The latest obesity statistics in the UK

Obesity is definitely a problem that we, as humans, should be concerned about. According to the online dictionary, obesity is defined as “the condition of being grossly fat or overweight.”

People are technically obese if they have a BMI (body mass index) of 30 or greater. The biggest problem with obesity is that it contributes to a number of dangerous health conditions. These could include high blood pressure, high cholesterol, diabetes, heart disease, stroke, gallbladder disease, osteoarthritis, and a number of other things.

Being obese can also cause people to become depressed. It can lower self-esteem, reduce energy levels, and make it more difficult to enjoy some of the diverse experiences that life has to offer.


What causes obesity?

Obesity can be caused by a number of different things. Behavior is probably the greatest causal factor. People might start out with poor eating habits. These might continue for years and contribute to the problem. Environment can also play a big role. For example, someone who works at a desk job all day might be more likely to be obese than someone whose job is to run around and lift heavy objects, etc.

Genetics can also play a role. There are some genes that make humans more prone to becoming obese.

When you put all of these factors together, it’s definitely not surprising that some people end up being overweight – but how bad is the problem in the UK? How many people are obese? Is the problem getting worse, or is it getting better?


Obesity Statistics in the UK

The Public Health England website is an awesome resource for a lot of health-related issues – and they maintain a pretty extensive set of statistics about obesity. According to their numbers, results from 2014 showed that 61.7% of adults were overweight or obese in England. They also said that the prevalence of obesity among adults increased between 1993 and 2014 – from 14.9% to 25.6%. This increase has slowed since 2001, but the trends still show it going upward.

According to these numbers, it is estimated that by 2050, as many as 60% of adult men, 50% of adult women, and 25% of children will be obese.

Some more statistics, from nhs.uk, have a bit more to say about these trends.

According to this website, one in four adults in Britain are obese. It also says that the UK has “the highest level of obesity in Western Europe, ahead of countries such as France, Germany, Spain and Sweden…”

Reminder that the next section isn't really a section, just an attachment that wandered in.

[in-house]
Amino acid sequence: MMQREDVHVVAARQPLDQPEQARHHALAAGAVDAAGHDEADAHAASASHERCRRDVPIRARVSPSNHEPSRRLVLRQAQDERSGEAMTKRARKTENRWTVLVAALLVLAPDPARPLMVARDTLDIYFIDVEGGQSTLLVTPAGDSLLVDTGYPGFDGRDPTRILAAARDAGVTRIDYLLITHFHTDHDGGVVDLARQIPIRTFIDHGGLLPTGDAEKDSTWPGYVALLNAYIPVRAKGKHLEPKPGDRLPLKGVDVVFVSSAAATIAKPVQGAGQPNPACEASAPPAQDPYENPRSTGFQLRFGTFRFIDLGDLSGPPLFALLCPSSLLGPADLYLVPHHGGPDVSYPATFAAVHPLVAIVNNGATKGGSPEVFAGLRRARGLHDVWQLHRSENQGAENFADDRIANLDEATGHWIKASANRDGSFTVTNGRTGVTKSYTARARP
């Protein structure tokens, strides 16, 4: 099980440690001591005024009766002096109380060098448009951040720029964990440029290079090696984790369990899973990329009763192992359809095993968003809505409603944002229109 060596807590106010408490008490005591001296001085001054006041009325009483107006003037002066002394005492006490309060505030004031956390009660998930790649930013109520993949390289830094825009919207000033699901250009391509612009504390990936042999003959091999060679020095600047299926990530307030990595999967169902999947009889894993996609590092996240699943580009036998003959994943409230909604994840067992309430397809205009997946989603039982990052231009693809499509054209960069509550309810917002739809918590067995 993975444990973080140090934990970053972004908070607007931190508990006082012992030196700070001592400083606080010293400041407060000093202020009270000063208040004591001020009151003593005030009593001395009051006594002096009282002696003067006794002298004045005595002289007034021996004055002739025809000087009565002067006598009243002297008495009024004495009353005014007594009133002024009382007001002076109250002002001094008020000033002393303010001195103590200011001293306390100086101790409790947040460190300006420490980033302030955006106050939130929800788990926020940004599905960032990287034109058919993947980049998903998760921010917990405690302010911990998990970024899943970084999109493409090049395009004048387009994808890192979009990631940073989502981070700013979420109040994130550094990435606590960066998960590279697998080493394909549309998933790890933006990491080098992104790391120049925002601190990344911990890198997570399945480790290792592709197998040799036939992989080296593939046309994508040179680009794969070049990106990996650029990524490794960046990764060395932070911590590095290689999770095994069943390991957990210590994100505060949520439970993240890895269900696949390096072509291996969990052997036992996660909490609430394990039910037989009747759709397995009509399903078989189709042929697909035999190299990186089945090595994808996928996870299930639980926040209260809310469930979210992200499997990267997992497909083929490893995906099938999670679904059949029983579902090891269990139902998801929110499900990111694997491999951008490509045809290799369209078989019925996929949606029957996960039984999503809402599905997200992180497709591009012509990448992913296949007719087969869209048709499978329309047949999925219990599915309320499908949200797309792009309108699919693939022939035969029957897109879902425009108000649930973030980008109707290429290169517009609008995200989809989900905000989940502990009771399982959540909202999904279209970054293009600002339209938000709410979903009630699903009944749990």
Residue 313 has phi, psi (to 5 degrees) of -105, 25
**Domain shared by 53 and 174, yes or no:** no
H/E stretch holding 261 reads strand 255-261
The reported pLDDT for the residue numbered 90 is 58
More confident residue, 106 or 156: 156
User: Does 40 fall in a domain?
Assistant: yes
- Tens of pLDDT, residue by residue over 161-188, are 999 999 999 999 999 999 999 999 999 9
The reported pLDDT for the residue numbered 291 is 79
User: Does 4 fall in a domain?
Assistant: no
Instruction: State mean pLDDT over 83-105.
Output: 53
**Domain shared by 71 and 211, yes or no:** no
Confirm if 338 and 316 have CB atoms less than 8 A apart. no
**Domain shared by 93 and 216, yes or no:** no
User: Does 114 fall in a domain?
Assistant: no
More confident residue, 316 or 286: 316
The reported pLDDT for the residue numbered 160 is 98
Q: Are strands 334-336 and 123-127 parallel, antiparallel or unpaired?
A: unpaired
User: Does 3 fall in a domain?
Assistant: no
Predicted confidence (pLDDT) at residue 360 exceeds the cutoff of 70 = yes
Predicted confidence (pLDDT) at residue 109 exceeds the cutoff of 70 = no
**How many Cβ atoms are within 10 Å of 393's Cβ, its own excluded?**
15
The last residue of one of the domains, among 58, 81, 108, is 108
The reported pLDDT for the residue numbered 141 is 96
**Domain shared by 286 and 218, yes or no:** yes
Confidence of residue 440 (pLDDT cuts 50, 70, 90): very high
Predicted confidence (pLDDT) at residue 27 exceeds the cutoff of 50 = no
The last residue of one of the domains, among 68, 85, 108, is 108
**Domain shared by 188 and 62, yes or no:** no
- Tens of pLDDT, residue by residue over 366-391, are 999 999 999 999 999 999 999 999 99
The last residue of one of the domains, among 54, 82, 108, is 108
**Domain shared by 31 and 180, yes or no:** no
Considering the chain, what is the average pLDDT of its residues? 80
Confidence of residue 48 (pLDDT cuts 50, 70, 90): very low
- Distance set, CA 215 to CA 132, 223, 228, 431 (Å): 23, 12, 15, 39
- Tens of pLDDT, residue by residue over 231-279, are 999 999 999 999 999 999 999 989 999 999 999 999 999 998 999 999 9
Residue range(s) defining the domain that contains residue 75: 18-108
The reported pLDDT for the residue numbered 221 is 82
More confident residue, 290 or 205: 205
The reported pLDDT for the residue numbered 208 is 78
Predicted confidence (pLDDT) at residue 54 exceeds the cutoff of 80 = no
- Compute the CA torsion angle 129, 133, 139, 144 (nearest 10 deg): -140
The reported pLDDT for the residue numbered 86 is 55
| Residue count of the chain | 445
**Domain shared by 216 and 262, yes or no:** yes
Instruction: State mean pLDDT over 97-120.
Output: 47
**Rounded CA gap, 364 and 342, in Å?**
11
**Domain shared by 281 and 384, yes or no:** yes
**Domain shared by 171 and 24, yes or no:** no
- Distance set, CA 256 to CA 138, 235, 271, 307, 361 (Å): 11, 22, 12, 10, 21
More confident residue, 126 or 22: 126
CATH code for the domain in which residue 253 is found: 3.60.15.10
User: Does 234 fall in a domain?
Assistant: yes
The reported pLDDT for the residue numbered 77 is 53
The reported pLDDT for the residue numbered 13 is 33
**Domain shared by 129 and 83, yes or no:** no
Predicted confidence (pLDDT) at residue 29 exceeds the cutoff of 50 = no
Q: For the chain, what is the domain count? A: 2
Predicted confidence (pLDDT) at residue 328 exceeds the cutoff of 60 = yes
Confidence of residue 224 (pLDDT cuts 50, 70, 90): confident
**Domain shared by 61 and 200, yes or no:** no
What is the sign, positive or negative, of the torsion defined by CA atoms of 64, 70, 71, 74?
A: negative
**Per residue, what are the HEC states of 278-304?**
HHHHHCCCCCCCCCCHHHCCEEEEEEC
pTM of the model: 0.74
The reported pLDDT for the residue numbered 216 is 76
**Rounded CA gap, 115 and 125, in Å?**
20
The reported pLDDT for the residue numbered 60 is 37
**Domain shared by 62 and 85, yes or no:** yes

(It’s important to keep in mind that ‘obesity’ and ‘being overweight’ are two different things. A human is ‘overweight’ if they have a BMI between 25 and 29, and are ‘obese’ if their BMI is 30 or above.)

In fact, obesity is said to be ‘the biggest public health crisis facing the UK today,’ according to statements made on this website.

The obesity levels that exist in the UK today are definitely worse than they used to be. They’re actually three times worse than they were in 1980. Back then, only 8% of women and 6% of men were obese.


What has caused this crisis?

A lot of people have challenged the idea that obesity is simply the result of a collapse of willpower among humans. More likely, it’s the result of environmental challenges that make it more difficult for humans to avoid inactivity or unhealthy foods. Long commutes, TV, desk jobs, computers, and the overabundance of high-calorie, fried, and fatty foods all play a role.

Of course, humans don’t have to choose to be obese – but making the necessary changes can be daunting without some kind of help.

That’s where products like PhenQ can be extremely beneficial.

With a little bit of help, humans will tend to have much better luck getting their weight under control. This can have a positive snowball effect, where positive results early-on can inspire even better choices later. These choices can then lead to an overall improvement in exercise levels and healthy eating habits – which are really the core issues when it comes to obesity.

A product like PhenQ can do a lot to set this positive change into motion. Sometimes, all it takes is a little ‘nudge’ in the right direction, and diet supplements can sometimes provide exactly that.

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